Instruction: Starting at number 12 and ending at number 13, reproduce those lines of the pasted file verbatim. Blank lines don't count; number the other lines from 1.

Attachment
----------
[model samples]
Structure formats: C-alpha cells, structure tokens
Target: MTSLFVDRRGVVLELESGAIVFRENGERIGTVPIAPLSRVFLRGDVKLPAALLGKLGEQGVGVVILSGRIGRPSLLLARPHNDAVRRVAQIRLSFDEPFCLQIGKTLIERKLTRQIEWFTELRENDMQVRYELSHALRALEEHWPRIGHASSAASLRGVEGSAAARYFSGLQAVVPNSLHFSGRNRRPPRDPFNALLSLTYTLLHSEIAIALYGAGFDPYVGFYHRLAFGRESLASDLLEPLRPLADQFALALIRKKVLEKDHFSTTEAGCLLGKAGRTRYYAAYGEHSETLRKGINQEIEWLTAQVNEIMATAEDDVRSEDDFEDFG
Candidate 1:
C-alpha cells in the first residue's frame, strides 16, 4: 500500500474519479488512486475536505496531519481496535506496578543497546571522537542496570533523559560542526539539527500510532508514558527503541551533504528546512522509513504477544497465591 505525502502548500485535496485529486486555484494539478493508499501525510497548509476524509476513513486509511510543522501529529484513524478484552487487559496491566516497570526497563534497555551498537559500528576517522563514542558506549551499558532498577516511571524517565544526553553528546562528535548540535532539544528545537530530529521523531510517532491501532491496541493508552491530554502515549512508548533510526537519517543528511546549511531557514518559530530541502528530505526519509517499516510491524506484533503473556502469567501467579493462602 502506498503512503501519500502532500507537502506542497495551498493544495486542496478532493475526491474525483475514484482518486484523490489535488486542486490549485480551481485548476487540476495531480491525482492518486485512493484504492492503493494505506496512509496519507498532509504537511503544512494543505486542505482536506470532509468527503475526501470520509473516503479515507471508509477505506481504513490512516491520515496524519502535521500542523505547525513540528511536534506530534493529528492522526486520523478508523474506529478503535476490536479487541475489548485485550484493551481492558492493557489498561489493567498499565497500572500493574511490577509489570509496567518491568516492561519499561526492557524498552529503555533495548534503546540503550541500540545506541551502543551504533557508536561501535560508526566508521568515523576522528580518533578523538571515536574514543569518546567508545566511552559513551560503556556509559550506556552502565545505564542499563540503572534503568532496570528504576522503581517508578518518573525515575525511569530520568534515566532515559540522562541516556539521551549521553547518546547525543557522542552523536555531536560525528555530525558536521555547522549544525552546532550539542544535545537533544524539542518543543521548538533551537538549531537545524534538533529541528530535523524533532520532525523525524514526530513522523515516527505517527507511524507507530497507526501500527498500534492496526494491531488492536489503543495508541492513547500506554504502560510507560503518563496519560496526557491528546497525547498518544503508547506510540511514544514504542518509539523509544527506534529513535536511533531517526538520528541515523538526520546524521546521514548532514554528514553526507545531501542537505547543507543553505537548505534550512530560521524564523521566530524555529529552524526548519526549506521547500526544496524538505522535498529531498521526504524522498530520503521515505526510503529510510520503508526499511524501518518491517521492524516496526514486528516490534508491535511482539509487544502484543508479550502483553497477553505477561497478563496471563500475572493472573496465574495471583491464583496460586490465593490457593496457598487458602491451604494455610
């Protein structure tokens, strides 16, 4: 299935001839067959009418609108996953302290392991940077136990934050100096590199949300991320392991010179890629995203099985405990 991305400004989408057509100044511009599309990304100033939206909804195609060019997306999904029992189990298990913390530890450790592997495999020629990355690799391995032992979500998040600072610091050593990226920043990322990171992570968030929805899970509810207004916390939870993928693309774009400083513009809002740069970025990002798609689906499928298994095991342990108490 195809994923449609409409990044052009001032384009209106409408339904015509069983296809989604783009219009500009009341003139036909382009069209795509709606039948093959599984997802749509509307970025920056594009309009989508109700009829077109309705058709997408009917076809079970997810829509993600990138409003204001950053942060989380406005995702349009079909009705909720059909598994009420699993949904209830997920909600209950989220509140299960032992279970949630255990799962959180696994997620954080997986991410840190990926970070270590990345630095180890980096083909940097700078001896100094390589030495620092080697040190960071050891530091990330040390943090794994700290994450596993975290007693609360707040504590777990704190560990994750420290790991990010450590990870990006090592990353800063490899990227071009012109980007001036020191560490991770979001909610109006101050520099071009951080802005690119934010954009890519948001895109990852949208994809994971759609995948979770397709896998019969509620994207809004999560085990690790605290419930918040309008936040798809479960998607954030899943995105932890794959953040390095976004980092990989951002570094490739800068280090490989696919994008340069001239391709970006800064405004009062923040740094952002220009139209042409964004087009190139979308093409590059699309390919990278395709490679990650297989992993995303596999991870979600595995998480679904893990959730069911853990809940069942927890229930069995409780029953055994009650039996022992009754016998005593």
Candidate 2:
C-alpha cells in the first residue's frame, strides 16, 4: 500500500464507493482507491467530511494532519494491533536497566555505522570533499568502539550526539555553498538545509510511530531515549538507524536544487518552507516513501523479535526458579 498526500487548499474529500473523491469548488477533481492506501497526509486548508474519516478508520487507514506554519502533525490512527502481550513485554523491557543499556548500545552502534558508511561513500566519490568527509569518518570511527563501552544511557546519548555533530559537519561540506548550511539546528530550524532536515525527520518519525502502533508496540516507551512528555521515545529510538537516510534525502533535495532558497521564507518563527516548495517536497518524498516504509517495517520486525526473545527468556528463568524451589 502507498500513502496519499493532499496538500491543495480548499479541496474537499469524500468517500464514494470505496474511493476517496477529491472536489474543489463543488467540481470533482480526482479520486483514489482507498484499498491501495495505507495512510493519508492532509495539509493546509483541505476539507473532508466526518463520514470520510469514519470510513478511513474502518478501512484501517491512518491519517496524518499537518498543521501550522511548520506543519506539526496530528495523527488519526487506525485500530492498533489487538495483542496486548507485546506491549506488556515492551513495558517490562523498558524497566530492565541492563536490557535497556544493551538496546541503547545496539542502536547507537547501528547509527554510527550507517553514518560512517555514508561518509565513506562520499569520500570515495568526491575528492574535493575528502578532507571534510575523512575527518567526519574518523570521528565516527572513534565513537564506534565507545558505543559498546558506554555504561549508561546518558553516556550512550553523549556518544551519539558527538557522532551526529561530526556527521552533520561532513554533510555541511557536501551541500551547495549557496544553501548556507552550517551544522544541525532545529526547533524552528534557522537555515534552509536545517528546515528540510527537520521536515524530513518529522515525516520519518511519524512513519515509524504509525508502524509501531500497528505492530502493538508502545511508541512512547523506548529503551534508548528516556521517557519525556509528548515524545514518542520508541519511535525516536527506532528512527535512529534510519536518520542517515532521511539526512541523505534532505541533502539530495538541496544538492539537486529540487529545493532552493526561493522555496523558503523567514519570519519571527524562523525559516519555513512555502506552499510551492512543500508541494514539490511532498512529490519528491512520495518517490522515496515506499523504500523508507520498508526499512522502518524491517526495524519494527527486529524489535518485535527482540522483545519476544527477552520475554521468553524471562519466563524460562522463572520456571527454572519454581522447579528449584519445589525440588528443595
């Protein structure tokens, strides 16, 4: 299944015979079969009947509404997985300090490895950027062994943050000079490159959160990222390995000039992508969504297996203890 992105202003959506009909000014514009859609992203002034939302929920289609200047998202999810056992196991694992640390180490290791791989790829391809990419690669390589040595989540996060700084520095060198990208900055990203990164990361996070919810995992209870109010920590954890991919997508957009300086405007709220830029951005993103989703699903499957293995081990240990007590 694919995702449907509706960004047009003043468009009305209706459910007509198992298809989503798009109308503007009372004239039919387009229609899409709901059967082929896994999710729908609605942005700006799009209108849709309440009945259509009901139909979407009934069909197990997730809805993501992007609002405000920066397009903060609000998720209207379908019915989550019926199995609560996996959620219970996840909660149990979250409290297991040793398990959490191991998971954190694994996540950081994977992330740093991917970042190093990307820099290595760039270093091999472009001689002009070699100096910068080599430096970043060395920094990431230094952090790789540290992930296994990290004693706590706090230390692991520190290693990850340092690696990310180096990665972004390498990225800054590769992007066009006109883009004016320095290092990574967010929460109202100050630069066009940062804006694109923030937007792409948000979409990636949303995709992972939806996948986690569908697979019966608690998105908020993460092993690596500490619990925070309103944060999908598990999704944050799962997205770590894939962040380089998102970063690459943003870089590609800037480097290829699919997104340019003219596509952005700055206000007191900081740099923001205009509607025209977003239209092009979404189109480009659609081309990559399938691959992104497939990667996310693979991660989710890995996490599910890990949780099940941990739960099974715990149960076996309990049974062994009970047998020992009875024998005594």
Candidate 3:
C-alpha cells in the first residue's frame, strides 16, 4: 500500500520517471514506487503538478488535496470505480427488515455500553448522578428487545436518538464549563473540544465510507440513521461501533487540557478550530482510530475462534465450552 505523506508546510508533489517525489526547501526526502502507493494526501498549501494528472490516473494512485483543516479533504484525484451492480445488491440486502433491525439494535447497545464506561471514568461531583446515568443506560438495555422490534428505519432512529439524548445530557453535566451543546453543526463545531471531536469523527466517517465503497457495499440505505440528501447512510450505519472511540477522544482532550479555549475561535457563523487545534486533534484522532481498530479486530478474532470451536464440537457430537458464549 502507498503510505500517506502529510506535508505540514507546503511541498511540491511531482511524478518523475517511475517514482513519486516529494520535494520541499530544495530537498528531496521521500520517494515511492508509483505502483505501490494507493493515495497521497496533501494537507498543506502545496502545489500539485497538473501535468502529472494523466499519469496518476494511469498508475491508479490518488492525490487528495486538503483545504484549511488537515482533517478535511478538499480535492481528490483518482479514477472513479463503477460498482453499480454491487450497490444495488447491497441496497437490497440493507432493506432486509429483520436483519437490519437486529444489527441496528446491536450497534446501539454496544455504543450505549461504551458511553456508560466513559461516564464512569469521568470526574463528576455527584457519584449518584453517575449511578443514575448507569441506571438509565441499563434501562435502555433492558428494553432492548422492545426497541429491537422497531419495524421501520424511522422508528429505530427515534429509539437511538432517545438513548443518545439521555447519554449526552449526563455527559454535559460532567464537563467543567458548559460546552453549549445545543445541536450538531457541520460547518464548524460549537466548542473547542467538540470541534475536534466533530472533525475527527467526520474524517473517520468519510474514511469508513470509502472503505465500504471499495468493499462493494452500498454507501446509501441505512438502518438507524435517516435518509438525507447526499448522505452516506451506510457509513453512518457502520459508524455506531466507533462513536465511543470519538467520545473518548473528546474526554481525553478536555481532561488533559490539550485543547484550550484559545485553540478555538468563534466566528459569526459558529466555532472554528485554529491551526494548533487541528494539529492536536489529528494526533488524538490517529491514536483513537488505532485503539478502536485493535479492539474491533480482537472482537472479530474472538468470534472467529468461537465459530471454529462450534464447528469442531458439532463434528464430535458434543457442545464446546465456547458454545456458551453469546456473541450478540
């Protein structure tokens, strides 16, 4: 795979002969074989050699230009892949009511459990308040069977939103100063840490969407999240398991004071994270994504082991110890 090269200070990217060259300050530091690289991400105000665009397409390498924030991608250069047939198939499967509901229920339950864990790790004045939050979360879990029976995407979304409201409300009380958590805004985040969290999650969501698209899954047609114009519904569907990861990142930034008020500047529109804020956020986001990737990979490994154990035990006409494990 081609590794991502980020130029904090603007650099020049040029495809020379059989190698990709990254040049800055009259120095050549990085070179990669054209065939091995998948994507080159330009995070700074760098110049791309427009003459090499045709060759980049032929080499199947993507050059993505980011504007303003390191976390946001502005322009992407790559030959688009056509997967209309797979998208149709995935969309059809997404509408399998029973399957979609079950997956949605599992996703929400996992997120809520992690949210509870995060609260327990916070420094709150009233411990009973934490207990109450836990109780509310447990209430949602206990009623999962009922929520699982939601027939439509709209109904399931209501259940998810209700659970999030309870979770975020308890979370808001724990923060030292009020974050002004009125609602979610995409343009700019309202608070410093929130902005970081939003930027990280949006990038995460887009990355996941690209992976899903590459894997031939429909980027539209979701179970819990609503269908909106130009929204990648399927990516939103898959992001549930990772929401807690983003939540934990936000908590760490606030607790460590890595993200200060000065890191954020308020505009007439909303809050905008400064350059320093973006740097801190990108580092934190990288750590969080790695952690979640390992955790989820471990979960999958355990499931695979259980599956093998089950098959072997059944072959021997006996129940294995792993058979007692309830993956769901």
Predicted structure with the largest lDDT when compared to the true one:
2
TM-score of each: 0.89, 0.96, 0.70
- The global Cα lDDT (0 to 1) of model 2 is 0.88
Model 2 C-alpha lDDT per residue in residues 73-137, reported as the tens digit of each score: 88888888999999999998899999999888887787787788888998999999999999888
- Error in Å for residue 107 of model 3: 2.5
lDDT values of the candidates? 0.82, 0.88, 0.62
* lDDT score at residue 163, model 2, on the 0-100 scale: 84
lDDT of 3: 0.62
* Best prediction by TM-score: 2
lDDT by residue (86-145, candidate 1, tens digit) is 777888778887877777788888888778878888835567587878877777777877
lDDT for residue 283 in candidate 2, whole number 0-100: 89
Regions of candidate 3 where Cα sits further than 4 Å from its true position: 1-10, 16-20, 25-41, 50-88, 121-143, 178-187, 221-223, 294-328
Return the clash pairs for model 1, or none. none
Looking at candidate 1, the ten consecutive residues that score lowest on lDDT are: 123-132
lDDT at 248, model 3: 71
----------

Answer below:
């Protein structure tokens, strides 16, 4: 795979002969074989050699230009892949009511459990308040069977939103100063840490969407999240398991004071994270994504082991110890 090269200070990217060259300050530091690289991400105000665009397409390498924030991608250069047939198939499967509901229920339950864990790790004045939050979360879990029976995407979304409201409300009380958590805004985040969290999650969501698209899954047609114009519904569907990861990142930034008020500047529109804020956020986001990737990979490994154990035990006409494990 081609590794991502980020130029904090603007650099020049040029495809020379059989190698990709990254040049800055009259120095050549990085070179990669054209065939091995998948994507080159330009995070700074760098110049791309427009003459090499045709060759980049032929080499199947993507050059993505980011504007303003390191976390946001502005322009992407790559030959688009056509997967209309797979998208149709995935969309059809997404509408399998029973399957979609079950997956949605599992996703929400996992997120809520992690949210509870995060609260327990916070420094709150009233411990009973934490207990109450836990109780509310447990209430949602206990009623999962009922929520699982939601027939439509709209109904399931209501259940998810209700659970999030309870979770975020308890979370808001724990923060030292009020974050002004009125609602979610995409343009700019309202608070410093929130902005970081939003930027990280949006990038995460887009990355996941690209992976899903590459894997031939429909980027539209979701179970819990609503269908909106130009929204990648399927990516939103898959992001549930990772929401807690983003939540934990936000908590760490606030607790460590890595993200200060000065890191954020308020505009007439909303809050905008400064350059320093973006740097801190990108580092934190990288750590969080790695952690979640390992955790989820471990979960999958355990499931695979259980599956093998089950098959072997059944072959021997006996129940294995792993058979007692309830993956769901």
Predicted structure with the largest lDDT when compared to the true one: